The upgraded wind turbine includes optimizations regarding structural components, including the mechanical drive train, and innovative bearing concepts for pitch and yaw while taken into account the certification guideline GL2012 and influenced control and safety strategies. Also the impact of different support structure water depths upon the design is taken into account. The 2B6-Gamma design has been finalised (inside the scope of this project) and is installed (not part of the scope) in Eemshaven, Netherlands as part of 2-B Energy’s onshore demonstrator project. The onshore demonstrator project reveals the feasibility of the offshore wind turbine concept of 2-B Energy. On 18th of December 2015 a major milestone was achieved by the first production of electricity during the commissioning phase of the wind turbine. 

Contribution of the project results to cost and risk reduction for Far-offshore wind energy 
Following the findings of the 130m-140m project, and incorporating the results, it was found that various other structural components were impacted and could be further optimized to facilitate the loads of the lengthened blade. This project incorporates these improvements. It shall be noted that not each individual work package within this Support Structures project leads to a reduction of CoE by itself: these steps are however necessary to allow for the implementation of the rotor increase, which leads to reduction of CoE. In conjunction with FLOW Project P201204-001-2BE: “Upgrade to 140 meter rotor diameter on a two-bladed downwind turbine”, the estimated increase in CAPEX and the increase in AEP are quantified as:

CAPEX                 an increase in blade mass of 4% due to extended blade length

AEP                      yield increase of 6.1% due to larger rotor diameter.

The AEP increase outweighs the CAPEX increase which is reflected in the cost of energy calculation. The Cost of Energy reduction was quantified by using the FLOW Cost Model which results in a reduction of CoE of 5.44%. Although the comparison made here is between two 2-B Energy concepts/designs, the results achieved could also be applicable in a broader sense since the increase in rotor diameter can be applied to other turbine designs to improve the annual energy production.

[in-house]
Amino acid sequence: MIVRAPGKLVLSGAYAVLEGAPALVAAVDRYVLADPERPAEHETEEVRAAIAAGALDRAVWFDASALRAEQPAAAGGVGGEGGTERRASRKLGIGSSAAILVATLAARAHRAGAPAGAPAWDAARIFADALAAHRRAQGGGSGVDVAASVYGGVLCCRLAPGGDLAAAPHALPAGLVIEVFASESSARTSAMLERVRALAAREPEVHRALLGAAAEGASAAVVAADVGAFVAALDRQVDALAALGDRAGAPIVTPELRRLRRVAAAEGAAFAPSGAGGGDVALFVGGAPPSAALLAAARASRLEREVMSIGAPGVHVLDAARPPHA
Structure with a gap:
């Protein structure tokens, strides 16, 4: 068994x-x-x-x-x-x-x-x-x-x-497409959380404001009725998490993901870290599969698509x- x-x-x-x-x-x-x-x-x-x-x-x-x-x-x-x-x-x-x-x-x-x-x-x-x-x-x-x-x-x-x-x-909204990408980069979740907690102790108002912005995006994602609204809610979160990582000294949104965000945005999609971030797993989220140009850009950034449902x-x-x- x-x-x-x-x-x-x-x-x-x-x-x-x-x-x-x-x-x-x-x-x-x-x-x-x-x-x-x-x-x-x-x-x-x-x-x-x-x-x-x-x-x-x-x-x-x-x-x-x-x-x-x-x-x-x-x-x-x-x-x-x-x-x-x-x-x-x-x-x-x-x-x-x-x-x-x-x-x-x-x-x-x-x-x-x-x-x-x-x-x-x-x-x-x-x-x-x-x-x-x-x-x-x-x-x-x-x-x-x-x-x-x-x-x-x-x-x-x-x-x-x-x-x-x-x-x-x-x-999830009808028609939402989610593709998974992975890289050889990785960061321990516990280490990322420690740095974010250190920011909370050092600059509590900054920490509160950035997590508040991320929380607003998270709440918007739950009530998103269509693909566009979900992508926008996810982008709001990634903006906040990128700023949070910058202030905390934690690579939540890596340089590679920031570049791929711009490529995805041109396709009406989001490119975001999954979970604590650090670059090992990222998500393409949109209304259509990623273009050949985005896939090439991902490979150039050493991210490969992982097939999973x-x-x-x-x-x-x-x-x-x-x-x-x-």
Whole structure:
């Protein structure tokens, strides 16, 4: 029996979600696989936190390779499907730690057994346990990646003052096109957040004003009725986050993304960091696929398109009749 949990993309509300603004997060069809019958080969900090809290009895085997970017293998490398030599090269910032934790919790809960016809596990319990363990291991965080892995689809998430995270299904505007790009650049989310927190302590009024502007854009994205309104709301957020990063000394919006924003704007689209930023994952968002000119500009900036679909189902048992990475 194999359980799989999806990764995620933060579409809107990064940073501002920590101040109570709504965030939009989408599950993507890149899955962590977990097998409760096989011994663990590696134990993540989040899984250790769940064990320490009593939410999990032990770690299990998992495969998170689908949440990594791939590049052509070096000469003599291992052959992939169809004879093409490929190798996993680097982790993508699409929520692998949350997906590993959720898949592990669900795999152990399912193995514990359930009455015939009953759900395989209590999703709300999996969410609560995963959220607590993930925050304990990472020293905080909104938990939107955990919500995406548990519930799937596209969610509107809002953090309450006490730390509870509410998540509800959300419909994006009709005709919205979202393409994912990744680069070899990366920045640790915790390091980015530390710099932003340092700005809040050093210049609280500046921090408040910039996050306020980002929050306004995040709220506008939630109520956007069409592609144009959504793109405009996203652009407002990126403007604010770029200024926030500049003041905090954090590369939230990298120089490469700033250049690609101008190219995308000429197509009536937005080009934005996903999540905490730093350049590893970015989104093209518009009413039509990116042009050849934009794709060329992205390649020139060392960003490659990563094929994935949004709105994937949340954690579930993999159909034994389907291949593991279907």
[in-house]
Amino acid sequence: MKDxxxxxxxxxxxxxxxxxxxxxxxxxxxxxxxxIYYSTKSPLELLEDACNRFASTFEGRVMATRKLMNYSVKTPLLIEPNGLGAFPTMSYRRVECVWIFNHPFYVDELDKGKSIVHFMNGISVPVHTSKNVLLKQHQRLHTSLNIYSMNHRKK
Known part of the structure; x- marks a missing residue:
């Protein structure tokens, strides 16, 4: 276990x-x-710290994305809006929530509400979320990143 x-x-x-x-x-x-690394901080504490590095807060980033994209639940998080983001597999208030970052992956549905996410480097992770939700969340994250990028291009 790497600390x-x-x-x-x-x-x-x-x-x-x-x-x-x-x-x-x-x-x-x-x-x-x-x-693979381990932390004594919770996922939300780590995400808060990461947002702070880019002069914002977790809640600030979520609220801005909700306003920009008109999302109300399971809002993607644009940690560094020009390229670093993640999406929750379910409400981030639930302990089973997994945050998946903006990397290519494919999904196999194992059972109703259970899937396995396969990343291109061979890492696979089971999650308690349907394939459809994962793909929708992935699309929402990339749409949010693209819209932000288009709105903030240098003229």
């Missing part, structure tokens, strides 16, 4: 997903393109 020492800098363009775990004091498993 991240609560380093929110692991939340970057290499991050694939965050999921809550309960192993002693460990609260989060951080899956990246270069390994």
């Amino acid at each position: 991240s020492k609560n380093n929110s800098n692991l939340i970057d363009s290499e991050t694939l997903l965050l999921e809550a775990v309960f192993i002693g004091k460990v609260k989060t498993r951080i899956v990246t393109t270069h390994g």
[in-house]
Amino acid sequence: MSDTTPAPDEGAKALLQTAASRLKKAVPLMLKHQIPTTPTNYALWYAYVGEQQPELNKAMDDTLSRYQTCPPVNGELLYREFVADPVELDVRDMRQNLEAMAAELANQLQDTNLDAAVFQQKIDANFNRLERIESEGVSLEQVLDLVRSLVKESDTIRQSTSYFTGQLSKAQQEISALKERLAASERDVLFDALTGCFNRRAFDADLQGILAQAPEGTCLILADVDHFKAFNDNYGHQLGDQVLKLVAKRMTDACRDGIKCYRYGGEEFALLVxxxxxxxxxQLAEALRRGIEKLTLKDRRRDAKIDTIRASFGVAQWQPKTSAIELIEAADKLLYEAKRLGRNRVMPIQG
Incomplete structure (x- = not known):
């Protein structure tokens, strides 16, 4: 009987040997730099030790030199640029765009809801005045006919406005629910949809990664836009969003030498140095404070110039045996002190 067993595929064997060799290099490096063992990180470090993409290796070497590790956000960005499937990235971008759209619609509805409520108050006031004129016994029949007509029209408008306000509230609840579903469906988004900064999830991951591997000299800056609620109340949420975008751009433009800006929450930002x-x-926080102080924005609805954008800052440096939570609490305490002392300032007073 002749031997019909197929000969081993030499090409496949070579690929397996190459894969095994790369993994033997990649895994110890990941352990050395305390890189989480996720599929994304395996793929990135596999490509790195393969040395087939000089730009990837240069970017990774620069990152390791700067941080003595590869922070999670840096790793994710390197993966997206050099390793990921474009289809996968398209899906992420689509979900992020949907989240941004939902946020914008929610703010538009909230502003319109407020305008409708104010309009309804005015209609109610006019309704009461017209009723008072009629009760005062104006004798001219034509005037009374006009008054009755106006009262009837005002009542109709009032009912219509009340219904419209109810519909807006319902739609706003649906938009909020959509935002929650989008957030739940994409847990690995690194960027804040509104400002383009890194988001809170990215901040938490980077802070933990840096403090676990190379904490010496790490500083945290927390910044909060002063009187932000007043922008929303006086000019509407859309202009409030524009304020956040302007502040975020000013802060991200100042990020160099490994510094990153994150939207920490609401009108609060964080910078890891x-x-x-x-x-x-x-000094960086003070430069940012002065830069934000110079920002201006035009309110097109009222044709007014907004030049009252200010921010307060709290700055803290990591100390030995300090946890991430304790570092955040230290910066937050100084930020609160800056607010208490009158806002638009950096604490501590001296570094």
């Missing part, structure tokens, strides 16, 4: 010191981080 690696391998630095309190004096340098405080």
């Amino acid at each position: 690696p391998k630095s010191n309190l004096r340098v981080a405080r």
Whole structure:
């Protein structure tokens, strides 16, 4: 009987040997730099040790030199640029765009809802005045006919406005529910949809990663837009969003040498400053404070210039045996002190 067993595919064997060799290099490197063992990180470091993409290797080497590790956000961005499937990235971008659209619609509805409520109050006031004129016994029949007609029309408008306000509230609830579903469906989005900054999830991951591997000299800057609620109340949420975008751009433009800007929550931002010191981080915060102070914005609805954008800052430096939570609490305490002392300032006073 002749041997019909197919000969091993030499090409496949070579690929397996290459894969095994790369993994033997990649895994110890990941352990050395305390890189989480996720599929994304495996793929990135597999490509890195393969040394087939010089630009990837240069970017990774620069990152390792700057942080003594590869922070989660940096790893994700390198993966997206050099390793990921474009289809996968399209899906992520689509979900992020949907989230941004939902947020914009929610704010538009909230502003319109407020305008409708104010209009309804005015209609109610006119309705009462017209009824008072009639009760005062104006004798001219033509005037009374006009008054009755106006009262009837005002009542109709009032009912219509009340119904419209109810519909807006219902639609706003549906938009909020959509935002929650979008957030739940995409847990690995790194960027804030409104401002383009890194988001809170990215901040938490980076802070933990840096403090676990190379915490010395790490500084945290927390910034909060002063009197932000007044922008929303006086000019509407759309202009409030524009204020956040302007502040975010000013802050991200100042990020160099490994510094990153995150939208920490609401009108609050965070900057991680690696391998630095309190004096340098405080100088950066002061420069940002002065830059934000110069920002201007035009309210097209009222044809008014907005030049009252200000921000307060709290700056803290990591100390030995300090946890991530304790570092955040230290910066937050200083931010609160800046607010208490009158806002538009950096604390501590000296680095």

The fixed support structure project will enhance the installation cycle time. It results in an expected reduction of installation time due to the different strategy of lifting. Only three lifts are required: 2 lifts for the jacket and 1 lift for the RNA. The weather window is increased due less sensitive lifts (no single blade lifting, nor separate rotor lift) and to the installation strategy of using tag lines at the two blades. This improvement contributes to a decrease in cost of energy. Installation time is a key driver for the cost of energy of offshore wind, and weather influence a major part of project risk.

The floating support structure project focused on a small project with 3-5 wind turbines at water depths of 40m-60m. The semi-submersible has a weight range of 1200-1500 ton compared to a fixed foundation of 800-1000 ton. A floating support structure project at water depths up to 60m is comparable to the fixed support structure at 35m water depth. The choice for floating platforms versus fixed foundations is therefore dependent on water depth: at a given point a fixed foundation is no longer economically or technically feasible. For the reference cases within Flow, a floating foundation is for the moment not considered a competitive solution. 2-B Energy is seeking partners to continue investigation of the 2B6 wind turbine design on a floating support structure.

Please visit the website of 2-B Energy for more information: www.2-benergy.com